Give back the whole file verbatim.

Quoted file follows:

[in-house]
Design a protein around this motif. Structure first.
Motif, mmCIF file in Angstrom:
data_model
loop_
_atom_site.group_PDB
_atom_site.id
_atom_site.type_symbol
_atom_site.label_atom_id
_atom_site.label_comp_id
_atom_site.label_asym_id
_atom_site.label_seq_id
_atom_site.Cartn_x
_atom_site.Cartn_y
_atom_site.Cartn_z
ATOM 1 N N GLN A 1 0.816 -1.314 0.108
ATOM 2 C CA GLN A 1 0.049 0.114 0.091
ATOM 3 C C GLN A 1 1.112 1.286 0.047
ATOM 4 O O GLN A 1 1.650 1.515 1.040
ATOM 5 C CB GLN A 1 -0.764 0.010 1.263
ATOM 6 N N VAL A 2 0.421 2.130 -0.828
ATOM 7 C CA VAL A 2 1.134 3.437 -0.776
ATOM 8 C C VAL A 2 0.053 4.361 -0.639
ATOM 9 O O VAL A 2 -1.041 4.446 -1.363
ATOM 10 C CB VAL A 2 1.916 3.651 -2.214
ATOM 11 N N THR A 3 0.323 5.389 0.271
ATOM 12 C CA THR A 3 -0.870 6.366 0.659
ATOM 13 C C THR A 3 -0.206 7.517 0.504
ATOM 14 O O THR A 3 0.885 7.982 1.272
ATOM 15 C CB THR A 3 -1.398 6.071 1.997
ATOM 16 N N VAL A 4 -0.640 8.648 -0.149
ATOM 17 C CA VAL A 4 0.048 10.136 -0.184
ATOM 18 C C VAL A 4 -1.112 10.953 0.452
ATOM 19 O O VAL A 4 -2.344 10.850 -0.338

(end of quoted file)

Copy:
[in-house]
Design a protein around this motif. Structure first.
Motif, mmCIF file in Angstrom:
data_model
loop_
_atom_site.group_PDB
_atom_site.id
_atom_site.type_symbol
_atom_site.label_atom_id
_atom_site.label_comp_id
_atom_site.label_asym_id
_atom_site.label_seq_id
_atom_site.Cartn_x
_atom_site.Cartn_y
_atom_site.Cartn_z
ATOM 1 N N GLN A 1 0.816 -1.314 0.108
ATOM 2 C CA GLN A 1 0.049 0.114 0.091
ATOM 3 C C GLN A 1 1.112 1.286 0.047
ATOM 4 O O GLN A 1 1.650 1.515 1.040
ATOM 5 C CB GLN A 1 -0.764 0.010 1.263
ATOM 6 N N VAL A 2 0.421 2.130 -0.828
ATOM 7 C CA VAL A 2 1.134 3.437 -0.776
ATOM 8 C C VAL A 2 0.053 4.361 -0.639
ATOM 9 O O VAL A 2 -1.041 4.446 -1.363
ATOM 10 C CB VAL A 2 1.916 3.651 -2.214
ATOM 11 N N THR A 3 0.323 5.389 0.271
ATOM 12 C CA THR A 3 -0.870 6.366 0.659
ATOM 13 C C THR A 3 -0.206 7.517 0.504
ATOM 14 O O THR A 3 0.885 7.982 1.272
ATOM 15 C CB THR A 3 -1.398 6.071 1.997
ATOM 16 N N VAL A 4 -0.640 8.648 -0.149
ATOM 17 C CA VAL A 4 0.048 10.136 -0.184
ATOM 18 C C VAL A 4 -1.112 10.953 0.452
ATOM 19 O O VAL A 4 -2.344 10.850 -0.338